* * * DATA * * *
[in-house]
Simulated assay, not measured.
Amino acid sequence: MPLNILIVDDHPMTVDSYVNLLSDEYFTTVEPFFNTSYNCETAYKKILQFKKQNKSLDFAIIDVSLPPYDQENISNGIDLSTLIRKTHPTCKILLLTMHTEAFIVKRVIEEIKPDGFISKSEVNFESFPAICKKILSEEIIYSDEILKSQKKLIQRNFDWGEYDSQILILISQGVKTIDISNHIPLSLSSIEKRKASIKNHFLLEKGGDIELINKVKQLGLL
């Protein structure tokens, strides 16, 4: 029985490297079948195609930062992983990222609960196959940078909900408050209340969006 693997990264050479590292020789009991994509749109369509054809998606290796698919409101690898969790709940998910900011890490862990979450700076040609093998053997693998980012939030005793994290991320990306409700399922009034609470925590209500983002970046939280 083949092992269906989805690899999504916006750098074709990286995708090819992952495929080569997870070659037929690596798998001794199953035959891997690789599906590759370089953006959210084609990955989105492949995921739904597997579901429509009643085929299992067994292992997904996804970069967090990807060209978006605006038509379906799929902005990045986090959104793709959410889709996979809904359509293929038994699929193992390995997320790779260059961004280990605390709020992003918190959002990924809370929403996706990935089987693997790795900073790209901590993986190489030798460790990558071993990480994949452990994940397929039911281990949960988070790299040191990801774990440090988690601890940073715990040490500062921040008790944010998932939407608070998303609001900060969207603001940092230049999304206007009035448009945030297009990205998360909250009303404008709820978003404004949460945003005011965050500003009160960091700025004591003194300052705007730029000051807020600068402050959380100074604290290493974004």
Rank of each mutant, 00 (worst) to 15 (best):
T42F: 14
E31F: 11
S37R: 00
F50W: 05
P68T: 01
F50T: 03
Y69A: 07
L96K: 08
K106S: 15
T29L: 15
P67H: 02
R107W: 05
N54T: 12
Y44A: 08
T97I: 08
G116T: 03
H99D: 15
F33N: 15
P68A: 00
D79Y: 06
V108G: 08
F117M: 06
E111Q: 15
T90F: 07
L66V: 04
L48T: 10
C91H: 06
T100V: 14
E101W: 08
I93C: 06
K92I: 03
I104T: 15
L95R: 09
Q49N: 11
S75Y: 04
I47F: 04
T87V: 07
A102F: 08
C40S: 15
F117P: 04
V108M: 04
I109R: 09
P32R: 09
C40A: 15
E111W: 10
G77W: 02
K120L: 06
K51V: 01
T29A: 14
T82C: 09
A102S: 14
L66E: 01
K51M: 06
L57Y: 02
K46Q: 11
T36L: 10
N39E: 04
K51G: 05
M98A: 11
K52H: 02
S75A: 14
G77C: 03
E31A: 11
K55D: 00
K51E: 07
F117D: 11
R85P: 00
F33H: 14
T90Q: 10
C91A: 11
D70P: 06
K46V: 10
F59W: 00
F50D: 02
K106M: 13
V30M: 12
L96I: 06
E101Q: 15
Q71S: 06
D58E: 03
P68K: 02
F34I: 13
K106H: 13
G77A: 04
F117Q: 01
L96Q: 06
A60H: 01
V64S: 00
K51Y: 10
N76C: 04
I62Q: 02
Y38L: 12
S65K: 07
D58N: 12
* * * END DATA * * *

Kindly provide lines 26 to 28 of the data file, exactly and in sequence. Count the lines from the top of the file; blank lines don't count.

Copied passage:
V108G: 08
F117M: 06
E111Q: 15